Buddy Holly is still making fans 46 years later!

Like most of my generation, we learned of Buddy Holly when Don McClean released "American Pie."  

I just remember reading the lyrics and asking a friend: what's this guy singing about?   

He said: "Buddy Holly, the guy who sings 'Peggy Sue.'"   

We didn't have YouTube or downloads back in the 1970s.  So I went to the record store and bought me a copy of a "best of" Buddy Holly vinyl LP.  I became a fan instantly when I heard those guitar riffs and catchy songs, like "That'll Be the Day" and "Maybe Baby."

It was 46 years ago today that Buddy Holly (along with Ritchie Valens & The Big Bopper) were killed in a plane crash.  I don't think that anyone in 1959 had a clue that we'd be talking about them so many years later.

Holly touched a nerve with his music.  One of his biggest fans was a teenager in Liverpool, Paul McCartney.  (The Beatles recorded "Words of Love" in a 1965 LP.)

Holly's impact was huge, as Phillip Norman wrote from the U.K.:

Holly and Elvis Presley are the two seminal figures of Fifties rock 'n' roll, the place where modern rock culture began. Virtually everything we hear on CD or see on film or the concert stage can be traced back to those twin towering icons – Elvis with his drape jacket and swivelling hips and Buddy in big black glasses, brooding over the fretboard of his Fender Stratocaster guitar.

But Presley's contribution to original, visceral rock 'n' roll was little more than that of a gorgeous transient; having unleashed the world-shaking new sound, he soon forsook it for slow ballads, schlock movie musicals and Las Vegas cabarets. 

Holly, by contrast, was a pioneer and a revolutionary. 

His was a multidimensional talent which seemed to arrive fully formed in a medium still largely populated by fumbling amateurs. 

The songs he co-wrote and performed with his backing band the Crickets remain as fresh and potent today as when recorded on primitive equipment in New Mexico [sic] half a century ago: That'll Be The Day, Peggy Sue, Oh Boy, Not Fade Away.

To call someone who died at 22 "the father of rock" is not as fanciful as it seems.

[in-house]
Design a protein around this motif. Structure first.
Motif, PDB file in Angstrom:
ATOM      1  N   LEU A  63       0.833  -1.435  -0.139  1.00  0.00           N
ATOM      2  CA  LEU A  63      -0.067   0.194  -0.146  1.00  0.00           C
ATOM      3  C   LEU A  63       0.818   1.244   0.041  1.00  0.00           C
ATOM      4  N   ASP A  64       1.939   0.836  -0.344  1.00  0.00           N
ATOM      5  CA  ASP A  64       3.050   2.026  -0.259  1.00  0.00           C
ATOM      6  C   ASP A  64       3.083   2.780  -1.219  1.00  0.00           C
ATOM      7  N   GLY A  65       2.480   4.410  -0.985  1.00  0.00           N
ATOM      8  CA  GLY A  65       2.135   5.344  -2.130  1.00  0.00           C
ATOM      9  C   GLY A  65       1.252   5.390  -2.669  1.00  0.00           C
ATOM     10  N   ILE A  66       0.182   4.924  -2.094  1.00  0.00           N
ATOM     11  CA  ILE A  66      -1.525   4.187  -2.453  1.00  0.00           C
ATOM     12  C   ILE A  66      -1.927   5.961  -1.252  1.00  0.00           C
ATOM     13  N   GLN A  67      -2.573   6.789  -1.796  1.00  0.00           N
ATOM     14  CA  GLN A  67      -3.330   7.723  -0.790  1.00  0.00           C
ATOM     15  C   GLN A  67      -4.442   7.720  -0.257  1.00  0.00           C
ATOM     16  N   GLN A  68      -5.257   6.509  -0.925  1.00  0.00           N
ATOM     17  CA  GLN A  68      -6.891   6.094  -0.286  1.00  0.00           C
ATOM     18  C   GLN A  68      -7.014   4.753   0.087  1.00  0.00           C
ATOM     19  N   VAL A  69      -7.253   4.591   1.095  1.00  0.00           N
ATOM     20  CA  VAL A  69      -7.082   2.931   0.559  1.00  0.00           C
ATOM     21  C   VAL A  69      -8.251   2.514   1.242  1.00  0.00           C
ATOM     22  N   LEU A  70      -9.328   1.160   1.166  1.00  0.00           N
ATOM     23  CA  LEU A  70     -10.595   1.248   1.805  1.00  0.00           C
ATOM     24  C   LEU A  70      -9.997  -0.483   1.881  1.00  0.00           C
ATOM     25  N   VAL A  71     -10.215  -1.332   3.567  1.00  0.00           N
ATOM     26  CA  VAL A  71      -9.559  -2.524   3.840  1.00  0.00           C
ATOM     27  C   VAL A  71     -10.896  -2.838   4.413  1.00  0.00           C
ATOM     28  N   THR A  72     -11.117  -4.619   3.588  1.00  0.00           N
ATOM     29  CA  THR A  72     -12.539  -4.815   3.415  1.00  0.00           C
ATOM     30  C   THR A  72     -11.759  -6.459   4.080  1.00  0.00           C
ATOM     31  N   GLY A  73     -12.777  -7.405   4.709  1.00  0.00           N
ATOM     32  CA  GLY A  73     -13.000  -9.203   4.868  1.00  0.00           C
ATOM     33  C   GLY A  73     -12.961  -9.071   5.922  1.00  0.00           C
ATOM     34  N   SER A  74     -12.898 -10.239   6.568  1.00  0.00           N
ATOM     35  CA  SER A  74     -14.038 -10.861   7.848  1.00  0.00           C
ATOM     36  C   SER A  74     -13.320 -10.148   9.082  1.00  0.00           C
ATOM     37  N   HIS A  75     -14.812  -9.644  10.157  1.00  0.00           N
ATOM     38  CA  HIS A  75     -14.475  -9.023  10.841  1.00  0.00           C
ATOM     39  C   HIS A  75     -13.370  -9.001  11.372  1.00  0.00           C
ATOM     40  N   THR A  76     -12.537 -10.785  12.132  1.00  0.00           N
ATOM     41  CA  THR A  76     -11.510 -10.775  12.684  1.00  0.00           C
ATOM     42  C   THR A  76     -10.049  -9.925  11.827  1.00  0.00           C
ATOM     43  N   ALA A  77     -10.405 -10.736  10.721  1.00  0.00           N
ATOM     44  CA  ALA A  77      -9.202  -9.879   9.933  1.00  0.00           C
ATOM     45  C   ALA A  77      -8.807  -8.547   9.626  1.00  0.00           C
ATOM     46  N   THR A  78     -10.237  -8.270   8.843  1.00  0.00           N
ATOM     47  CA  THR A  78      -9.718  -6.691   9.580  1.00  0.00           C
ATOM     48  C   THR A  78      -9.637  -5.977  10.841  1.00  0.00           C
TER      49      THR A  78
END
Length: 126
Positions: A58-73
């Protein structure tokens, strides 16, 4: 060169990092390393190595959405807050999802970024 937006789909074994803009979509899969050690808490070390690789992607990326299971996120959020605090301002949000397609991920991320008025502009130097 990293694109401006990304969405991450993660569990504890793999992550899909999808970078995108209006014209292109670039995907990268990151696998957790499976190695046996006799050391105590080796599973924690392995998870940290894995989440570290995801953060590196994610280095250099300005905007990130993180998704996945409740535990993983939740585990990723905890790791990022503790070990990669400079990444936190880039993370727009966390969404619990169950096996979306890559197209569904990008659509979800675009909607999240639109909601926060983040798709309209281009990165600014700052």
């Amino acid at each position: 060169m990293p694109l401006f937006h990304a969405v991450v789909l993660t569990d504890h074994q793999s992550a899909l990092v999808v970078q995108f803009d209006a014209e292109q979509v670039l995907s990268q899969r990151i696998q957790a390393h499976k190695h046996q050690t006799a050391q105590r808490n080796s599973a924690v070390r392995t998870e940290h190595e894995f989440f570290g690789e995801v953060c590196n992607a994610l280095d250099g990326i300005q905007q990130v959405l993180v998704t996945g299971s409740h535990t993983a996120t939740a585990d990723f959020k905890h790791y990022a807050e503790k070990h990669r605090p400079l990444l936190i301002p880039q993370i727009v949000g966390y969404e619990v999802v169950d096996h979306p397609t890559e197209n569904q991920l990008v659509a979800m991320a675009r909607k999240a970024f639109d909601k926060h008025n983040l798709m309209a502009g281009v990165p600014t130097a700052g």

As a songwriter, performer and musician, Holly is the progenitor of virtually every world-class talent to emerge in the Sixties and Seventies. 

The Beatles, the Rolling Stones, Bob Dylan, the Byrds, Eric Clapton, Pete Townshend and Bruce Springsteen all freely admit they began to play only after Buddy taught them how. 

Though normal-sighted as a teenager, Elton John donned spectacles in imitation of the famous Holly horn-rims and ruined his eyesight as a result.

We will never know what other great songs Holly would have recorded.  We do know that he had a monumental influence on rock groups and even country stars.

Who knows what kids in 2059 will be listening to?  I'll bet you that quite a few will be marking the 100th anniversary of Holly's death.

P.S. You can hear my show, CantoTalk, or follow me on Twitter.

Like most of my generation, we learned of Buddy Holly when Don McClean released "American Pie."  

I just remember reading the lyrics and asking a friend: what's this guy singing about?   

He said: "Buddy Holly, the guy who sings 'Peggy Sue.'"   

We didn't have YouTube or downloads back in the 1970s.  So I went to the record store and bought me a copy of a "best of" Buddy Holly vinyl LP.  I became a fan instantly when I heard those guitar riffs and catchy songs, like "That'll Be the Day" and "Maybe Baby."

It was 46 years ago today that Buddy Holly (along with Ritchie Valens & The Big Bopper) were killed in a plane crash.  I don't think that anyone in 1959 had a clue that we'd be talking about them so many years later.

Holly touched a nerve with his music.  One of his biggest fans was a teenager in Liverpool, Paul McCartney.  (The Beatles recorded "Words of Love" in a 1965 LP.)

Holly's impact was huge, as Phillip Norman wrote from the U.K.:

Holly and Elvis Presley are the two seminal figures of Fifties rock 'n' roll, the place where modern rock culture began. Virtually everything we hear on CD or see on film or the concert stage can be traced back to those twin towering icons – Elvis with his drape jacket and swivelling hips and Buddy in big black glasses, brooding over the fretboard of his Fender Stratocaster guitar.

But Presley's contribution to original, visceral rock 'n' roll was little more than that of a gorgeous transient; having unleashed the world-shaking new sound, he soon forsook it for slow ballads, schlock movie musicals and Las Vegas cabarets. 

Holly, by contrast, was a pioneer and a revolutionary. 

His was a multidimensional talent which seemed to arrive fully formed in a medium still largely populated by fumbling amateurs. 

The songs he co-wrote and performed with his backing band the Crickets remain as fresh and potent today as when recorded on primitive equipment in New Mexico [sic] half a century ago: That'll Be The Day, Peggy Sue, Oh Boy, Not Fade Away.

To call someone who died at 22 "the father of rock" is not as fanciful as it seems. 

As a songwriter, performer and musician, Holly is the progenitor of virtually every world-class talent to emerge in the Sixties and Seventies. 

The Beatles, the Rolling Stones, Bob Dylan, the Byrds, Eric Clapton, Pete Townshend and Bruce Springsteen all freely admit they began to play only after Buddy taught them how. 

Though normal-sighted as a teenager, Elton John donned spectacles in imitation of the famous Holly horn-rims and ruined his eyesight as a result.

We will never know what other great songs Holly would have recorded.  We do know that he had a monumental influence on rock groups and even country stars.

Who knows what kids in 2059 will be listening to?  I'll bet you that quite a few will be marking the 100th anniversary of Holly's death.

P.S. You can hear my show, CantoTalk, or follow me on Twitter.